Liability Immunity Now Extended to Manufacturers of Any NIOSH-Approved Respirator Used as a COVID-19 Countermeasure, Including Those Not Intended for Medical Applications
As the COVID-19 pandemic stresses the U.S. health care system, personal protective equipment such as personal respirators are in desperately short supply. Healthcare providers are repurposing respirators originally designed for non-medical use to combat the COVID-19 pandemic. This practice raises the question as to whether manufacturers of non-medical respirators qualify for liability immunity under the Public Readiness and Emergency Preparedness Act (PREPA).
We previously wrote about PREPA and the March 17, 2020 declaration by the Secretary of Health and Human Services providing liability immunity to manufacturers for any claim under federal or state law for damage “caused by, arising out of, relating to, or resulting from the administration to or the use by an individual of a Covered Countermeasure” used to treat, diagnose, cure, prevent, or mitigate COVID-19. The definition of “Covered Countermeasure” included medical devices, pharmaceuticals and biologics approved by the FDA. However, many NIOSH-approved respirators are not approved by the FDA as medical devices because they are not intended for medical applications.
This appeared to be part of the hesitation by 3M, when it backed off of a promise to ramp up production of N95 respirators by repurposing respirators originally designed for the construction industry. In response to 3M’s concerns, Congress first extended legal immunity to manufacturers of respirators on March 18, 2020. The Families First Coronavirus Response Act, H.R. 6201, amended PREPA to add respirators to the list of covered countermeasures so long as they are NIOSH-approved and subject to an Emergency Use Authorization (EUA) by the FDA. Even with this Congressional amendment, it remained questionable whether a manufacturer of non-medical respirators qualified for liability immunity under PREPA. The FDA was continuously updating EUAs, which included respirators imported from China, Japan and Turkey that were not approved by NIOSH or the FDA. This prompted Congress to provide some clarity regarding which respirators were covered countermeasures.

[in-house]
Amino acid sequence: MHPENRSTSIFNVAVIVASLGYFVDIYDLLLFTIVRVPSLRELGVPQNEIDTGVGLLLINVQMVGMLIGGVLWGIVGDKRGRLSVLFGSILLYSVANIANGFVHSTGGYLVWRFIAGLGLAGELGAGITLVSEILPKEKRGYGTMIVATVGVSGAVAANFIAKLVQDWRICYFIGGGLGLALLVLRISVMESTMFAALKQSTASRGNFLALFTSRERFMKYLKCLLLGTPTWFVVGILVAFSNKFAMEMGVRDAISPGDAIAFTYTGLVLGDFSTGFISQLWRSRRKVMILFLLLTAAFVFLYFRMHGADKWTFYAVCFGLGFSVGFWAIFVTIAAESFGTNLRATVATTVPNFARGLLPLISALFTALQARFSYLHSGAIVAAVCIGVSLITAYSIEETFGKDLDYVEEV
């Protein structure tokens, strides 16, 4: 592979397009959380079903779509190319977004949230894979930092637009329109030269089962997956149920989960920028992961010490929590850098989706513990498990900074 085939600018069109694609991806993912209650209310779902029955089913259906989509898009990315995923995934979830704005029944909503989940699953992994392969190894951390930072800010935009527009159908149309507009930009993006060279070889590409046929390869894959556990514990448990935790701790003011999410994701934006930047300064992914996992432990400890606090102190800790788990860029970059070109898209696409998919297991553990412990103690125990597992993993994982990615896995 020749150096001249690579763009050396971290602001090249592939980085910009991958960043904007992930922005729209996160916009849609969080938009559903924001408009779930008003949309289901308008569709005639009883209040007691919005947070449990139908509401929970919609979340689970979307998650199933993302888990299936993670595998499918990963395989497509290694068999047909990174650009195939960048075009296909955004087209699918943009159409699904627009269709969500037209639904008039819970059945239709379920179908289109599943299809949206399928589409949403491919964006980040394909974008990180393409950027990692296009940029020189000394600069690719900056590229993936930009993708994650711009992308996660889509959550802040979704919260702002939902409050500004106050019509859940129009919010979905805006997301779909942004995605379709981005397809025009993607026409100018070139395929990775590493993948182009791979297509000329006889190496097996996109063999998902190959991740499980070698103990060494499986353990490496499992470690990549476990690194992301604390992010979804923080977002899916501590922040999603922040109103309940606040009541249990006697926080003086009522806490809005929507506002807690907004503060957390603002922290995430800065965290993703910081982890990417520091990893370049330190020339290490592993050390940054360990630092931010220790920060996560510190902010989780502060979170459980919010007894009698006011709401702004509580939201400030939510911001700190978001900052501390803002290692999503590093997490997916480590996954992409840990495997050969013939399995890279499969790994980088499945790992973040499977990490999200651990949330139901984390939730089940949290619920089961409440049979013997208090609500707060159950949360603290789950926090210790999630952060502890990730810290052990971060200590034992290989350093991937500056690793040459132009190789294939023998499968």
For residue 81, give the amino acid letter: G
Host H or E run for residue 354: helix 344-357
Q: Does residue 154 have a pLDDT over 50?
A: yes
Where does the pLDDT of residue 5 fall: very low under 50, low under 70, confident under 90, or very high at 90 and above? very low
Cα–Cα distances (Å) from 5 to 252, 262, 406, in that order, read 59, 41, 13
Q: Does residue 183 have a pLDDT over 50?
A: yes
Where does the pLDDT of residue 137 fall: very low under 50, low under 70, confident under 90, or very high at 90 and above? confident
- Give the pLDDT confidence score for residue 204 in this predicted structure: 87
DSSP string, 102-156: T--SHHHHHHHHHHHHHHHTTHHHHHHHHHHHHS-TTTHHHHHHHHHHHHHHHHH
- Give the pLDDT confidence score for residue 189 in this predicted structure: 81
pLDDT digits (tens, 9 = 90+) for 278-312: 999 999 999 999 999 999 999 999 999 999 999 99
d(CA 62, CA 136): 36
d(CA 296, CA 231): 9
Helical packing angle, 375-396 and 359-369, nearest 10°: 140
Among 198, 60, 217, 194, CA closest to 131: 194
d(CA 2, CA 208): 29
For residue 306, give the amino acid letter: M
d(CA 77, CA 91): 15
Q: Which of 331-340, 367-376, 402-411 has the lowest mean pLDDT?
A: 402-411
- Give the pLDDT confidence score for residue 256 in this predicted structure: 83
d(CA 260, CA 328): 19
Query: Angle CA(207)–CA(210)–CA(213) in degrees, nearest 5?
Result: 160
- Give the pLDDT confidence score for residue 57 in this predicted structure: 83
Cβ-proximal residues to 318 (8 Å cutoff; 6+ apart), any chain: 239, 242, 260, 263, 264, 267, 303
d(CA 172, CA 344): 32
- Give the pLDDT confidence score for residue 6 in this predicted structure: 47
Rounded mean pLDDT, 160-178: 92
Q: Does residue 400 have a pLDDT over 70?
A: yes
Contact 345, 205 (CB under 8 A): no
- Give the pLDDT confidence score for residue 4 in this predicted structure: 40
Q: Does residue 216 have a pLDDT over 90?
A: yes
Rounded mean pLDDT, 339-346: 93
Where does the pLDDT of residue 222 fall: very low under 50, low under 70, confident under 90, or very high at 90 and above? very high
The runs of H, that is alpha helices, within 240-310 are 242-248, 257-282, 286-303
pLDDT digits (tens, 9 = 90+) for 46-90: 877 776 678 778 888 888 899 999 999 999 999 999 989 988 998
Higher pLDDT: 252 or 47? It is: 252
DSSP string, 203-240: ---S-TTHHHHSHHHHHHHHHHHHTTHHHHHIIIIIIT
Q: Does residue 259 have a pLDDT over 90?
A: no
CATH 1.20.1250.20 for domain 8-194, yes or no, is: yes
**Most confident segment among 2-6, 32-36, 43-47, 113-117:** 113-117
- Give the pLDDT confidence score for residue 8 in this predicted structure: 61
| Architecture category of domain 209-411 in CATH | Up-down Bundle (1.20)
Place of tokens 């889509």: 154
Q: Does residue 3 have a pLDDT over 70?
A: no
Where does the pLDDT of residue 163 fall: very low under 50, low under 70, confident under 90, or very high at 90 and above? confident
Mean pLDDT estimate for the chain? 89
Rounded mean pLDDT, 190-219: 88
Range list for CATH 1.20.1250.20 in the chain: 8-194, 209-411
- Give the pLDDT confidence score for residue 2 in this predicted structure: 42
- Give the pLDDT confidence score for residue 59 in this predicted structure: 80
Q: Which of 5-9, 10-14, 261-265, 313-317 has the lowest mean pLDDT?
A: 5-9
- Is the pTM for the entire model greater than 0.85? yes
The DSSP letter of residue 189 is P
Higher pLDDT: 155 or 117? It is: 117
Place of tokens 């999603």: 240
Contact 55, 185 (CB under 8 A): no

The Coronavirus Aid, Relief, and Economic Security Act H.R. 748, (CARES Act) removed the EUA requirement by expanding the definition of covered countermeasures to include “any respiratory protective device” approved by NIOSH if “HHS declares the respirator to be a priority for use during a declared public health emergency.” This was immediately followed up by the April 15, 2020 declaration by the Secretary of HHS to include “any respiratory protective device” approved by NIOSH to the covered countermeasures eligible for PREPA immunity, retroactive to March 27, 2020.
The CARES Act and the April 15, 2020 declaration by the Secretary is one of many actions taken to increase protections for manufacturers. If you are not sure whether or not your company is immune, please reach out to us for advice to assess these risks.